MICHAEL Shanks is Scotland’s newest MP after winning the Rutherglen and Hamilton West by-election.

Voters will went to the polls in the battleground constituency on Thursday after the seat was vacated by former SNP MP Margaret Ferrier following a recall petition.

Although there were 14 candidates in total competing, Shanks won more than 50% of the vote. He scooped 17,845 ballots, while the SNP came second on 8399.

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Here’s all you need to know about the new MP for the Labour Party.

Who is Michael Shanks?

The 35-year-old is a modern studies teacher at a secondary school in Renfrewshire – a similar background to his rival Katy Loudon, the SNP’s candidate, who was a primary school teacher before entering politics.

Shanks has previously hit the headlines away from the world of politics for running all of Glasgow’s 6000 streets (below).

The National:

He has said he believes a victory for Labour would be a chance for the party to show they are “really back in Scotland”.

Has he any experience of politics?

Shanks unsuccessfully stood for election at a variety of levels on three occasions.

He tried for a place on Glasgow City Council in 2012. In 2016, he ran for the Glasgow Kelvin seat in Holyrood but lost out to the SNP’s Sandra White.

In 2017, he ran for the Glasgow North West seat in the General Election although again lost out to the SNP, this time to MP Carol Monaghan.

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He also quit the Labour Party on the day of the 2019 General Election in protest at the party’s stance on Brexit.

What did he say on the campaign trail?

Shanks (below) launched a number of attacks on the SNP during his time campaigning.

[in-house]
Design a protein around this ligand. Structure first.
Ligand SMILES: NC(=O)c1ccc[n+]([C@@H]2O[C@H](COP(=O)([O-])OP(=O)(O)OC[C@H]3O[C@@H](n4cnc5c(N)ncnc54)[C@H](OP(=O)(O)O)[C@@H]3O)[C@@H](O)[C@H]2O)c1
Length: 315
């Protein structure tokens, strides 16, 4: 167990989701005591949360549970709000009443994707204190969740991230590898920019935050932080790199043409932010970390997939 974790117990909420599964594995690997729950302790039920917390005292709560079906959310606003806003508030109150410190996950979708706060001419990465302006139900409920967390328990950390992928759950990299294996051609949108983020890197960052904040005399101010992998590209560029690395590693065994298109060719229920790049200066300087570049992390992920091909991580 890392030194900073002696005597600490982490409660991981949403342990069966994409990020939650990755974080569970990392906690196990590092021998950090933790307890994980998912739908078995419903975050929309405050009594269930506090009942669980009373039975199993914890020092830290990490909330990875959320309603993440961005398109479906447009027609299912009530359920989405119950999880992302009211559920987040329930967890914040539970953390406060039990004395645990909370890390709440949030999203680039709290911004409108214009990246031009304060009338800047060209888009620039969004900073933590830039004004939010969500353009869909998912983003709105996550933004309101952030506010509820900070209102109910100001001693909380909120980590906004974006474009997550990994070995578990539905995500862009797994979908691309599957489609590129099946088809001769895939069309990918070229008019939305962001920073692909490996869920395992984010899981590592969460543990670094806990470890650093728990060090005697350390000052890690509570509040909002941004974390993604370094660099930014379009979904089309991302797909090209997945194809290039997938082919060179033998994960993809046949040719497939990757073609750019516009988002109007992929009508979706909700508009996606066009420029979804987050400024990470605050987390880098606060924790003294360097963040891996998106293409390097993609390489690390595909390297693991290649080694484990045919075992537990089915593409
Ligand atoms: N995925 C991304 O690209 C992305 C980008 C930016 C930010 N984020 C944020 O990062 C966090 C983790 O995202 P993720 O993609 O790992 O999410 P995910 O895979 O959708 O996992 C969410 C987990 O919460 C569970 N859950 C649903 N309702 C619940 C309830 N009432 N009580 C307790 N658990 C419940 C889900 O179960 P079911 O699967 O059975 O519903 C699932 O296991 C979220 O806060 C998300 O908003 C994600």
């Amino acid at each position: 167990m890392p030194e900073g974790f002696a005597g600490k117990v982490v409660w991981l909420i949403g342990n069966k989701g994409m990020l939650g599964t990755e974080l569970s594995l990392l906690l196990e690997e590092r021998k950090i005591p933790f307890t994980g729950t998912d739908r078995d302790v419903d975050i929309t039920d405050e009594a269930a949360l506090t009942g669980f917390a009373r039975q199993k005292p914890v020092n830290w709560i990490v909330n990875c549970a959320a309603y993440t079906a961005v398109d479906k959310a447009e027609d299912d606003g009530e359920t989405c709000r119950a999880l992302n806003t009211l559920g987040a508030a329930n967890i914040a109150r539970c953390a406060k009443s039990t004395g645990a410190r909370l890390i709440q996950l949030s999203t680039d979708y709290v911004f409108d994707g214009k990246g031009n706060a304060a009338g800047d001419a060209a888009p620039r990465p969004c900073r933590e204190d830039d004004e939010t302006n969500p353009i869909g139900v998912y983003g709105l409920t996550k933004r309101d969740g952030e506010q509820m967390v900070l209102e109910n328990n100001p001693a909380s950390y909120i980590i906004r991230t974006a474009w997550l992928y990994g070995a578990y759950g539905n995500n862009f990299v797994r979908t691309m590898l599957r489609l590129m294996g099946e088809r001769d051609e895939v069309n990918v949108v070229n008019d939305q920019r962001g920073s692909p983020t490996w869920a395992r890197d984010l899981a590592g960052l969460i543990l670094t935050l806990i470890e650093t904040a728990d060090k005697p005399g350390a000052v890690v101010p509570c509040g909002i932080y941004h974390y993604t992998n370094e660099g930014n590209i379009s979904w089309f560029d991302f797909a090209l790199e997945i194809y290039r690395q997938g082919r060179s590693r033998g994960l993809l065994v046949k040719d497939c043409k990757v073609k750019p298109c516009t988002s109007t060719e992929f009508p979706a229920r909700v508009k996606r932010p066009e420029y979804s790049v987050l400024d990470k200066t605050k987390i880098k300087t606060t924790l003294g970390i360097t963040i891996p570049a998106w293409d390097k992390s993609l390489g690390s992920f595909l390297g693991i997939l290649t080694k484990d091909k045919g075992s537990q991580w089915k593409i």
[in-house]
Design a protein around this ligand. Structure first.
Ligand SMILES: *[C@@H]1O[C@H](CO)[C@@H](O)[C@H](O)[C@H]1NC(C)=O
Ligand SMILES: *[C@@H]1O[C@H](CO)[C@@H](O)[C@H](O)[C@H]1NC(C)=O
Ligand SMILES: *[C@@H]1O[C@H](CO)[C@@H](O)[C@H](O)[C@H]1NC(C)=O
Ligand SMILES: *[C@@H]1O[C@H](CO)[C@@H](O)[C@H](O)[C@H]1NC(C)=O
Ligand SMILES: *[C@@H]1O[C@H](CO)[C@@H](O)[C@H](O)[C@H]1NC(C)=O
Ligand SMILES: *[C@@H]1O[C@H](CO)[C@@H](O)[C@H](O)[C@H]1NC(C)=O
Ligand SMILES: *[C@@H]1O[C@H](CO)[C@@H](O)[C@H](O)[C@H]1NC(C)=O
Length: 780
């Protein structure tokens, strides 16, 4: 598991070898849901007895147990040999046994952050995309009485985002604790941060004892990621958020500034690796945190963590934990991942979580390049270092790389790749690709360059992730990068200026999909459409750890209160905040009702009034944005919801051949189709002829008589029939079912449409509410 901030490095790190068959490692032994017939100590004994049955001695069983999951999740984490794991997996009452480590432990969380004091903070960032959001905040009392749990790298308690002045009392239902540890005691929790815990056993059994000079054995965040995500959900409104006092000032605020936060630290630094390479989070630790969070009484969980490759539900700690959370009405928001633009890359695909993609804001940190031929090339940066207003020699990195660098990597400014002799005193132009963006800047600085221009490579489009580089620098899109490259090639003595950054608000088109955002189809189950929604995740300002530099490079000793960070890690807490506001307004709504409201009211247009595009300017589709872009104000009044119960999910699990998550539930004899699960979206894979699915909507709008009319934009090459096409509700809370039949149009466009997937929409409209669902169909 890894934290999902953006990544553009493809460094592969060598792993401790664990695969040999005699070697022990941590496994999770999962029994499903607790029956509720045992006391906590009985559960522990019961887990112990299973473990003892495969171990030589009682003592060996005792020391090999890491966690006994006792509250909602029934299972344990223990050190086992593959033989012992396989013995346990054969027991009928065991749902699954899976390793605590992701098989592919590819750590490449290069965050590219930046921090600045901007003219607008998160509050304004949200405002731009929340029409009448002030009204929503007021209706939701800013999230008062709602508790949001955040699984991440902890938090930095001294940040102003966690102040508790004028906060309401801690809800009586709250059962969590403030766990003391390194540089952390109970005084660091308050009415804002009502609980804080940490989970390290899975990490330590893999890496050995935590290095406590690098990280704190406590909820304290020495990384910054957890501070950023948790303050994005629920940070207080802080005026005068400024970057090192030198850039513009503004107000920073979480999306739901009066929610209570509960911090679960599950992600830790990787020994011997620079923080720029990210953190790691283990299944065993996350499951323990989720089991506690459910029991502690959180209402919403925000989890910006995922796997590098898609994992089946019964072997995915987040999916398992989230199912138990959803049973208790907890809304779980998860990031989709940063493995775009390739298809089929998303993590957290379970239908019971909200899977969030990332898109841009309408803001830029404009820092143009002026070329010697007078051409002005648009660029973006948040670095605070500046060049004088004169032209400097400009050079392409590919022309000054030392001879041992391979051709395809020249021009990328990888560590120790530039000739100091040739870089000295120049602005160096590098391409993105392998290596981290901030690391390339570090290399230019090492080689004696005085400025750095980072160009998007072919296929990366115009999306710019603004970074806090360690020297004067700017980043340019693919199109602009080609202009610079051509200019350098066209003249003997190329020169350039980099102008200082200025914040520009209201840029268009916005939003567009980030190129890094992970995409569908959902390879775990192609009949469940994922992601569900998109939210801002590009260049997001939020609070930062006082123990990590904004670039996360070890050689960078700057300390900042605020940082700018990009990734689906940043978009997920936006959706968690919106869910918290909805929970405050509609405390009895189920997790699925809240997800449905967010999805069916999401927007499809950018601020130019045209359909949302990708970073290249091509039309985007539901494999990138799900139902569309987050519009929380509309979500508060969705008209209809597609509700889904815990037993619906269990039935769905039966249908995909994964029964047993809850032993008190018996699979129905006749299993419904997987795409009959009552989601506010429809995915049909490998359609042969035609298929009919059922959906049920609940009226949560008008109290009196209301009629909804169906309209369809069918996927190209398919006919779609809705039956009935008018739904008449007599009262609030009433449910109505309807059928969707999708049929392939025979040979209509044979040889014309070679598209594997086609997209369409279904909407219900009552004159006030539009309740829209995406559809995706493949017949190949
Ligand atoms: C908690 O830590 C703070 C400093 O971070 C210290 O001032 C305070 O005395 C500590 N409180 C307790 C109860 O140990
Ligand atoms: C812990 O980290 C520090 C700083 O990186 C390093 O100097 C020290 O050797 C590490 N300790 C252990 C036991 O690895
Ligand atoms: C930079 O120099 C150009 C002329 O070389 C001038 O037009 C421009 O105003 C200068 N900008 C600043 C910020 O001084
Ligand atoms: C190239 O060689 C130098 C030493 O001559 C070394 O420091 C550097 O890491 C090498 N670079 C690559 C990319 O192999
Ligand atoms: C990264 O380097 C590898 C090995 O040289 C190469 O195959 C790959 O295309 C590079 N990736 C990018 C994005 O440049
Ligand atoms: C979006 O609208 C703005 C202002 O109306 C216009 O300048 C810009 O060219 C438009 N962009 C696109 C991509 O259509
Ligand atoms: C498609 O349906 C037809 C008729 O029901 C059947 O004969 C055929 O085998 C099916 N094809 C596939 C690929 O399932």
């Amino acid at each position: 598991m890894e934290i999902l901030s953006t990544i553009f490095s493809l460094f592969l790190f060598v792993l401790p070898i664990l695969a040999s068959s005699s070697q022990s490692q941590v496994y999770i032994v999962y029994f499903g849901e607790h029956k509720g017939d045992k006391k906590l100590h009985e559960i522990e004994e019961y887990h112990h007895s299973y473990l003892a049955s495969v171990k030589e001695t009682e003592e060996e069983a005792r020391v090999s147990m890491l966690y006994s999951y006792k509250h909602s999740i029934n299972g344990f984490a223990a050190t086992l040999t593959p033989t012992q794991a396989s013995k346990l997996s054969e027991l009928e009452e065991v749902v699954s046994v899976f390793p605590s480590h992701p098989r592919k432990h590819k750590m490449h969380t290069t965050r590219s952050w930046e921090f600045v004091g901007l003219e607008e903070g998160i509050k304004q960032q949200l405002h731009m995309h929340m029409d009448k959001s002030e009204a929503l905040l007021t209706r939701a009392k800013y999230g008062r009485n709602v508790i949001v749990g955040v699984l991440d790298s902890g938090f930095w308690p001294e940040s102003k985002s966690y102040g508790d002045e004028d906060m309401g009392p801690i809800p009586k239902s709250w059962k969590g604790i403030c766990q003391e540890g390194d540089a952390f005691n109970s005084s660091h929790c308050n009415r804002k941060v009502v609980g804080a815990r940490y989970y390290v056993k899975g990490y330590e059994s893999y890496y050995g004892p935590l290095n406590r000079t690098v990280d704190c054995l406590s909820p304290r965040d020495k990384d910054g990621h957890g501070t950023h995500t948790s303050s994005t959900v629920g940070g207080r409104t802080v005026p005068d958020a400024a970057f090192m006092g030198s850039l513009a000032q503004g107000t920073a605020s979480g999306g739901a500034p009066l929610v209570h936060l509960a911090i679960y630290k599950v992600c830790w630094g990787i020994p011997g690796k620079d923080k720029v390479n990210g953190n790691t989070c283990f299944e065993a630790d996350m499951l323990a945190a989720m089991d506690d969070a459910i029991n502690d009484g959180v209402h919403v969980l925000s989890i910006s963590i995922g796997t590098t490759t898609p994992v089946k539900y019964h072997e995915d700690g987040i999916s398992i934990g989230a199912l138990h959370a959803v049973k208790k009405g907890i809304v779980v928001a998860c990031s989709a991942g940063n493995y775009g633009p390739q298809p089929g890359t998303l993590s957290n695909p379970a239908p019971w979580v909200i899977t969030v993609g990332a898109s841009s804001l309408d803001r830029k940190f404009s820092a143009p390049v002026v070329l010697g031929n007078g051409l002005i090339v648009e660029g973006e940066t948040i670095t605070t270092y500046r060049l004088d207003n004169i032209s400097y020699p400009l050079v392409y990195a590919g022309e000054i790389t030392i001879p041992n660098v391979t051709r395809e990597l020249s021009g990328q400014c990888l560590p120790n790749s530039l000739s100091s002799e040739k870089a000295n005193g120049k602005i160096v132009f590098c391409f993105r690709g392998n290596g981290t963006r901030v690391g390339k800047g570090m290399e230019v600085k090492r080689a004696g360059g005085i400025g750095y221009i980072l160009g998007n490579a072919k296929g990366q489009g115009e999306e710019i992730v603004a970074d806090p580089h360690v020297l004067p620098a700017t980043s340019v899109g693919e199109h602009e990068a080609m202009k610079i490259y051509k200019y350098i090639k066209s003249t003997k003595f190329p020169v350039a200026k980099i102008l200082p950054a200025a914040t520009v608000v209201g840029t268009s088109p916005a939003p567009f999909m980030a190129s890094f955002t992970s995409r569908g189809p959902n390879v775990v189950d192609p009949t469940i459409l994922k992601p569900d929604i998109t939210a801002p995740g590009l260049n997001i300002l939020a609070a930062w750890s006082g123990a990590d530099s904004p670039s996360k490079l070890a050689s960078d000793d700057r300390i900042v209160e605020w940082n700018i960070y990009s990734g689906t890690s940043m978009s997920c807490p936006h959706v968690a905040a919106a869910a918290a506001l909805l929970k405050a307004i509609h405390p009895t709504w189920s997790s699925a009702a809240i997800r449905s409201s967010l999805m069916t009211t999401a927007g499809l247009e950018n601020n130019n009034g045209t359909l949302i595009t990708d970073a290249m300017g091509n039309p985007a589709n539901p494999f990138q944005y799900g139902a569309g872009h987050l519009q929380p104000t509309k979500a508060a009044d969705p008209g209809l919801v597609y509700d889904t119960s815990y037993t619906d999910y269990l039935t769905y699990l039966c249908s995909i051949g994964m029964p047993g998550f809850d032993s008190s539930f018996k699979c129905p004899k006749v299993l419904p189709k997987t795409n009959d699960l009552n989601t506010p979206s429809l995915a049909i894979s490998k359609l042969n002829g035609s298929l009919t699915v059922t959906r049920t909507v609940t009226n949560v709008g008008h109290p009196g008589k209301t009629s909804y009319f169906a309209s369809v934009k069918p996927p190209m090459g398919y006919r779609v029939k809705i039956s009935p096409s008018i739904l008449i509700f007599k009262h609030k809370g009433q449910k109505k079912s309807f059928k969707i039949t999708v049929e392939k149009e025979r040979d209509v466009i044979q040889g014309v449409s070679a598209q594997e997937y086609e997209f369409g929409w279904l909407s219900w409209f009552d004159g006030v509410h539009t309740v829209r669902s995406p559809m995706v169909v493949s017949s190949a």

He dismissed Loudon’s suggestion that Labour’s “arrogance and entitlement” wouldn’t go down well with voters as “ridiculous”.

“I think it’s surprising from a party that hasn’t really shown up to campaign in the first place. We’ve been at this for six months. We’ve talked to more than 30,000 people”, Shanks told The Scotsman.

The National: Scottish Labour candidate Michael Shanks with party deputy leader Jacqui Baillie

“We’ve been out pounding the streets. They’ve been nowhere to be seen. So I think the suggestion that we’ve been arrogant is ridiculous.”

Differences of opinion

Shanks has gone against Keir Starmer on a variety of policies, something which he says shows the “maturity of devolution”.

For example, he said he would vote to abolish the two-child benefit cap if he wins the seat, describing the policy as “heinous”.

However, the pledge was branded “not good enough” by Humza Yousaf as he pointed out Starmer would have to bring a vote on the issue for Shanks to go against it.

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He has also admitted that Scottish Labour and Starmer have “differences of opinion” when it comes to gender reform.

Scottish Labour previously backed the Scottish Government’s plans to allow people to change their gender, but UK Labour have said they do not support trans self-ID.

Shanks however said: “Personally, I support the demedicalisation of that process, as the Scottish Labour Party does, but we also put in place a whole series of amendments that the SNP refused to accept.

“So the bill in Scotland is not a good bill – it could be much, much better.”

He also pledged to “fight for a whole suite of measures to lift people out of poverty”

“I don’t think the bedroom tax is a good idea and I would be campaigning against that. But the reality is we’re going to inherit an economic mess from the Conservative Party and it’s right an incoming Labour government is responsible with fiscal policy.”

Brexit stance

The by-election candidate has said he wasn’t “against” rejoining the EU and insisted he hadn’t changed his principles over Brexit but that now was not the right time for a debate on the issue.

The SNP have accused Shanks of being “all over the place” on Brexit in a bid to appease his Westminster bosses.

We previously told how Shanks had been accused of “flip-flopping” on Brexit in relation to deleting a decade-old tweet.

He posted on Twitter/X in 2014 that anyone who resigned from a local party position over Europe was “fibbing”.

Shanks then resigned from Labour in 2019 over its stance on Brexit.